A prolific crook ended up in hospital with a smashed pelvis after he stole a motorbike and crashed into a tree, a court heard.
Wesley Andrews (39), who had come out of jail just three weeks before and was on licence, was out of action for six weeks after he wrote off the bike. He had stolen it from Nelson on a two-day crime spree aimed at making cash.
Police had to wait for Andrews to get back on his feet before they could question him, at which point he owned up.
Burnley magistrates were told how Andrews had been out breaking the law again when he had been "desperate," as he had no home or money and had been "living hand to mouth".
The defendant had also helped himself to a £5,000 Citroen from Burnley and stole a wallet containing bank cards and a prayer book.
Andrews, who has been recalled to custody, was given a 12-week jail term. He was disqualified from driving for a year and must pay a £115 victim surcharge.
The defendant, from Burnley, but of no fixed address, admitted aggravated vehicle taking on August 24, theft of the car, belonging to Paul Hanson, overnight on August 23 and stealing the £50 wallet and contents from Khalid Hussain overnight on August 22nd.
Bench chairman Mr Stephen Riley told Andrews: "Custody is our only option because you are subject to recall and because of your lengthy record."
Prosecutor Mrs Alex Mann told the hearing the car was driven off from Oakwood Close. It was recovered the next day following CCTV, after fuel receipts led police to the defendant.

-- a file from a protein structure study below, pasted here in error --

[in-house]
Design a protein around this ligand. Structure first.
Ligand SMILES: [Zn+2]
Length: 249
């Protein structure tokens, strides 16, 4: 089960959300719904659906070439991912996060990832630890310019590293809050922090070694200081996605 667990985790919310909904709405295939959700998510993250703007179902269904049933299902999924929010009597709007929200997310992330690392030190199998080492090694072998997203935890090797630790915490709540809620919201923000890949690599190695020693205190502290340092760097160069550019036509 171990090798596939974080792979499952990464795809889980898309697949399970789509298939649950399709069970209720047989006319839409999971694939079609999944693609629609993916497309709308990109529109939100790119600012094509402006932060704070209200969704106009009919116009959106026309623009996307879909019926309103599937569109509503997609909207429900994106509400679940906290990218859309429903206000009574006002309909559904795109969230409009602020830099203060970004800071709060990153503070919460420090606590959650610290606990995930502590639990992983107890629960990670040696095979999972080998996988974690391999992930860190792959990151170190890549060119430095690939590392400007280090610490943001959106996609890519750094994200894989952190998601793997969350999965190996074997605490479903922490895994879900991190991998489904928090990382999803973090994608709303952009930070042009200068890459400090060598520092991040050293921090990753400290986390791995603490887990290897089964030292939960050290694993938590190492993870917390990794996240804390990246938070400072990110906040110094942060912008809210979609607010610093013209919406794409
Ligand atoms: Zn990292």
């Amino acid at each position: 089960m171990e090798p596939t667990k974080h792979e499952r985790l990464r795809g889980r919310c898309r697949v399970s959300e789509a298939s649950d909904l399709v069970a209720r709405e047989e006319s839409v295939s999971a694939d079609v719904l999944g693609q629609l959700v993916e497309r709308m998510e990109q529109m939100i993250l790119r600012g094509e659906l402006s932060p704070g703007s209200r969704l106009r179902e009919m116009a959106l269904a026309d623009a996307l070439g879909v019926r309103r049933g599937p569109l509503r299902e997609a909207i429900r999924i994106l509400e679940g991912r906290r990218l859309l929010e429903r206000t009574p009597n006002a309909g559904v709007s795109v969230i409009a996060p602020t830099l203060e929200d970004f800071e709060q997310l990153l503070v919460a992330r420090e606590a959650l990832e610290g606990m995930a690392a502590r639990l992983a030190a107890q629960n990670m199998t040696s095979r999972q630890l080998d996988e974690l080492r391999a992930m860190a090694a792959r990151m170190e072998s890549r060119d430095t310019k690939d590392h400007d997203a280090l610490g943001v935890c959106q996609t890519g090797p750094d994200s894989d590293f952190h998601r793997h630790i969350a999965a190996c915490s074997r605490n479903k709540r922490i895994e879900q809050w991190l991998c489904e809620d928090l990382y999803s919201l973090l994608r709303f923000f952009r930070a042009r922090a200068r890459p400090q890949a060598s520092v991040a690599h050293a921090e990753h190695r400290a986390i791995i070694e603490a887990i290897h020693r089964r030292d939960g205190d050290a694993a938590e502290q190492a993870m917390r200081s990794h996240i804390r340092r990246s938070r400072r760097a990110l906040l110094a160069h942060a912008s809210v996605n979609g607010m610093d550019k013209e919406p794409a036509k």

Andrews had a record for car crime. Last year, he asked for 35 offences to be considered after admitting one theft. He had been convicted of vehicle theft in June and had been locked up.
Mr Ben Leech (defending) said: "He broke his pelvis, both front and back and spent around six weeks in hospital as a result. He had nowhere suitable to be released from hospital to."
The solicitor continued: "The police had been aware of his whereabouts for quite some time, They were waiting for him to get back on his feet before they interviewed him about these matters. When they did so, he made full admissions, apologised and explained to some degree his desperation following his release from custody on August 1st."
Mr Leech said the defendant had had nowhere to live. He went on: "He was without an address, without a roof over his head and without a benefits claim. He turned to crime to get himself a bond for private rented accommodation. He has been living hand to mouth." The solicitor added: "He understands he will go back to custody today."